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Re: [PATCH] A terminating signal has to complete a bash process

From: Chet Ramey
Subject: Re: [PATCH] A terminating signal has to complete a bash process
Date: Tue, 1 May 2018 10:40:18 -0400
User-agent: Mozilla/5.0 (Macintosh; Intel Mac OS X 10.12; rv:52.0) Gecko/20100101 Thunderbird/52.7.0

On 4/30/18 6:05 PM, Andrei Vagin wrote:
> bash sets a handler for all terminating signals, which saves history,
> executes traps, sets a default signal handler and re-sends the same
> signal to itself. It expects that this signal will kill it.
> Unfortunately it doesn't work in Linux, when a bash script is executed as
> an init process in a pid namespaces, because all signals to the init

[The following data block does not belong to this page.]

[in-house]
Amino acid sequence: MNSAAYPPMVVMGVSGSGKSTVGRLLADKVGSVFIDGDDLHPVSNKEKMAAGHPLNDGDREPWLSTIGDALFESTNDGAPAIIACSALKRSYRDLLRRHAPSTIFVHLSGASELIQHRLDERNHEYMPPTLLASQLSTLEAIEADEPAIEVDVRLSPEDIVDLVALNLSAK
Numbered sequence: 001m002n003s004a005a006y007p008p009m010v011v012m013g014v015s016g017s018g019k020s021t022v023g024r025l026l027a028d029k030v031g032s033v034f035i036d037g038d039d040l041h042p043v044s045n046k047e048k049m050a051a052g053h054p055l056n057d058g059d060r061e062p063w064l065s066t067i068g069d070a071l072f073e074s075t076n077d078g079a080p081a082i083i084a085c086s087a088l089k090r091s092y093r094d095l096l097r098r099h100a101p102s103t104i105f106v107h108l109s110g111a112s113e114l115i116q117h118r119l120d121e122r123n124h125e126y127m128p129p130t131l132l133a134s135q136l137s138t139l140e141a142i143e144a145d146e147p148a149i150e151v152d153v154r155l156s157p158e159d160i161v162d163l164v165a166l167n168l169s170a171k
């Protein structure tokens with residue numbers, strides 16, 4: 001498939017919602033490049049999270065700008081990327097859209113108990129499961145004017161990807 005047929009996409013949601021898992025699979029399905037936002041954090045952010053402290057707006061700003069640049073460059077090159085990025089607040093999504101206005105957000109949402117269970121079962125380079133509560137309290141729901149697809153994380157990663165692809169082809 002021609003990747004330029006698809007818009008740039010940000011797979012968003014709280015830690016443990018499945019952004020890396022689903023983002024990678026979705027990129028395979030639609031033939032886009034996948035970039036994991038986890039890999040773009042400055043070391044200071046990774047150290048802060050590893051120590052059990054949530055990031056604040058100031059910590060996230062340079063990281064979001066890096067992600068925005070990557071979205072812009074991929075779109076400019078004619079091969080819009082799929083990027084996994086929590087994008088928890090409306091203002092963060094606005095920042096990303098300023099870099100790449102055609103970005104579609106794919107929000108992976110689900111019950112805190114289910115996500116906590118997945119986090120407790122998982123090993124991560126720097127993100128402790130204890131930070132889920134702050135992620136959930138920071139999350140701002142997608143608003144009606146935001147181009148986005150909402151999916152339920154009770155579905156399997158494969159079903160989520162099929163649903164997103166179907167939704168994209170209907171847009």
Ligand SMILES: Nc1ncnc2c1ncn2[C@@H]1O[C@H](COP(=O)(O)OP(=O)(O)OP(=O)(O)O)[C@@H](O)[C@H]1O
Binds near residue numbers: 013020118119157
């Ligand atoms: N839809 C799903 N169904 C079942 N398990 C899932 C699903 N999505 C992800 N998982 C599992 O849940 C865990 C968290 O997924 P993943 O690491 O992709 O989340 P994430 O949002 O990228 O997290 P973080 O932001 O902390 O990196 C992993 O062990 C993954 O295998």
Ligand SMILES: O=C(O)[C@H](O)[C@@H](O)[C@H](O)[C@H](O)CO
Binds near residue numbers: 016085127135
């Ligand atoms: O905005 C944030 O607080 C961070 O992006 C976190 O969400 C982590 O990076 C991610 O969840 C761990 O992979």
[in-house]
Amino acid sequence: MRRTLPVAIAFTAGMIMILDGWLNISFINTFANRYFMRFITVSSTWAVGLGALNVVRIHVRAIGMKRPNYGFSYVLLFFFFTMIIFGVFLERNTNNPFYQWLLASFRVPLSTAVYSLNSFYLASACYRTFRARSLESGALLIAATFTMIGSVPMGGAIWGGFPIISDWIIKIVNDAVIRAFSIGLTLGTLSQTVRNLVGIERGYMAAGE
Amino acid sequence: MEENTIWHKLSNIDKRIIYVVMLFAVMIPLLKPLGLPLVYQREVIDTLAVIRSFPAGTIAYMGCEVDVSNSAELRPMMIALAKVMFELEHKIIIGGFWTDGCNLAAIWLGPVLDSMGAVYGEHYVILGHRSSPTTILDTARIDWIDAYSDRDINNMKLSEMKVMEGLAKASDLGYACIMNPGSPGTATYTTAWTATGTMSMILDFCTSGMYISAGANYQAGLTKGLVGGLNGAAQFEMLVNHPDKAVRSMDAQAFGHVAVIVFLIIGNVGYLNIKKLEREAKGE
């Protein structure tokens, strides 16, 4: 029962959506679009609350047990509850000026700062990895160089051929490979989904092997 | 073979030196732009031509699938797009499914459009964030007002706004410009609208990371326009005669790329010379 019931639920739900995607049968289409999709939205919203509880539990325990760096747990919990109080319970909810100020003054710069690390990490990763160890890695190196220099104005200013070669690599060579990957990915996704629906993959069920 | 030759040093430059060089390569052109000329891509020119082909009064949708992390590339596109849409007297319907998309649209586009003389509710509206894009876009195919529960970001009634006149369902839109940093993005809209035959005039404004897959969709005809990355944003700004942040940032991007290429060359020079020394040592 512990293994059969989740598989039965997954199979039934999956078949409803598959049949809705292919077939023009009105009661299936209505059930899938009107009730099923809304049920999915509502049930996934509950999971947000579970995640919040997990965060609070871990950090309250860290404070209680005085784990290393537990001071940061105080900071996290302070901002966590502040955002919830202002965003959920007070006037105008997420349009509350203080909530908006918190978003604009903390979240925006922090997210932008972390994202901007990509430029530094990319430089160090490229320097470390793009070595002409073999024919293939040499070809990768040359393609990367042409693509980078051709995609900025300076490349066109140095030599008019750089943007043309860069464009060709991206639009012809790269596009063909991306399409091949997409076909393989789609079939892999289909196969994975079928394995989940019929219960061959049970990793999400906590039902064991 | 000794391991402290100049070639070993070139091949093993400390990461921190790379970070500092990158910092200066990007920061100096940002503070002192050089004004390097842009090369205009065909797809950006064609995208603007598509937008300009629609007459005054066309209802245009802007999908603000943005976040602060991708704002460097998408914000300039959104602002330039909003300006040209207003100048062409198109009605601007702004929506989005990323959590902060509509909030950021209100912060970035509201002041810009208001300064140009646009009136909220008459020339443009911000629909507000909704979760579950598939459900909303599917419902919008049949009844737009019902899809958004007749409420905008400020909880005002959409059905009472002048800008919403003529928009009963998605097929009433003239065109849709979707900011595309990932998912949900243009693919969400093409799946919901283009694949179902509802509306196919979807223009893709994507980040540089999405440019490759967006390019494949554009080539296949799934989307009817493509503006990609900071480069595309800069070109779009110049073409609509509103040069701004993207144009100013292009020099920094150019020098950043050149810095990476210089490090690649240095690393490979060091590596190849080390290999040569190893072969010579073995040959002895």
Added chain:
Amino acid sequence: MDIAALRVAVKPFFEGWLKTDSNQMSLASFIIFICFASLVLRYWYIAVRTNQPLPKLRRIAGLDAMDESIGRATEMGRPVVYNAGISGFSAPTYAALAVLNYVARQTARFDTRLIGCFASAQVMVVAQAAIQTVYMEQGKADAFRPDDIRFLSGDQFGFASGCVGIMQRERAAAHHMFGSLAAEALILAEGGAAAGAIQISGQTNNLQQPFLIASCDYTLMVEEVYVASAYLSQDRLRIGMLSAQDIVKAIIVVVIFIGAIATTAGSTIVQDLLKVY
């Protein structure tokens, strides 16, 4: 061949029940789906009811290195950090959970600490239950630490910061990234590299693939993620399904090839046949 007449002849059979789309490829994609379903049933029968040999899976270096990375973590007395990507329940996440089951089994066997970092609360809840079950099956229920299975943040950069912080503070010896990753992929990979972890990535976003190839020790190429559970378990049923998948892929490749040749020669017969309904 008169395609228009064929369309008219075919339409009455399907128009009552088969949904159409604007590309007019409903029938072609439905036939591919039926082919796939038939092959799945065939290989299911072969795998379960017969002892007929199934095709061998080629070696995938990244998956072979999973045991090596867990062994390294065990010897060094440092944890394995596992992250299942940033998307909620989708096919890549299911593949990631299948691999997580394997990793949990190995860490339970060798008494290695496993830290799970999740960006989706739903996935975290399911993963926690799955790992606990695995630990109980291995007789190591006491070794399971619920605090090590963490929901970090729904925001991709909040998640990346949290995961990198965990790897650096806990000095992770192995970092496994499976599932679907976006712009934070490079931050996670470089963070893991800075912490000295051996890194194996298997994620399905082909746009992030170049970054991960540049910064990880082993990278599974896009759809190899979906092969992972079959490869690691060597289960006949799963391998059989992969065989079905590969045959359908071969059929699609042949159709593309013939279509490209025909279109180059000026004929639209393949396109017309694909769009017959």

> process, what are sent from the current pid namespace, are ignored.
> man 7 pid_namespaces
>   Only signals for which the "init" process has established a signal han‐
>   dler can be sent to the "init" process by  other  members  of  the  PID
>   namespace.   This restriction applies even to privileged processes, and
>   prevents other members of the PID namespace from  accidentally  killing
>   the "init" process.
> Chet Ramey suggested to add a call to exit() after the kill(). This
> patch adds this call for signals, which do not result in a core dump.
> For other signals, a null pointer is dereferenced to get a core file.

What's the value of a core dump from a different signal in this case?

``The lyf so short, the craft so long to lerne.'' - Chaucer
                 ``Ars longa, vita brevis'' - Hippocrates
Chet Ramey, UTech, CWRU    address@hidden    http://tiswww.cwru.edu/~chet/

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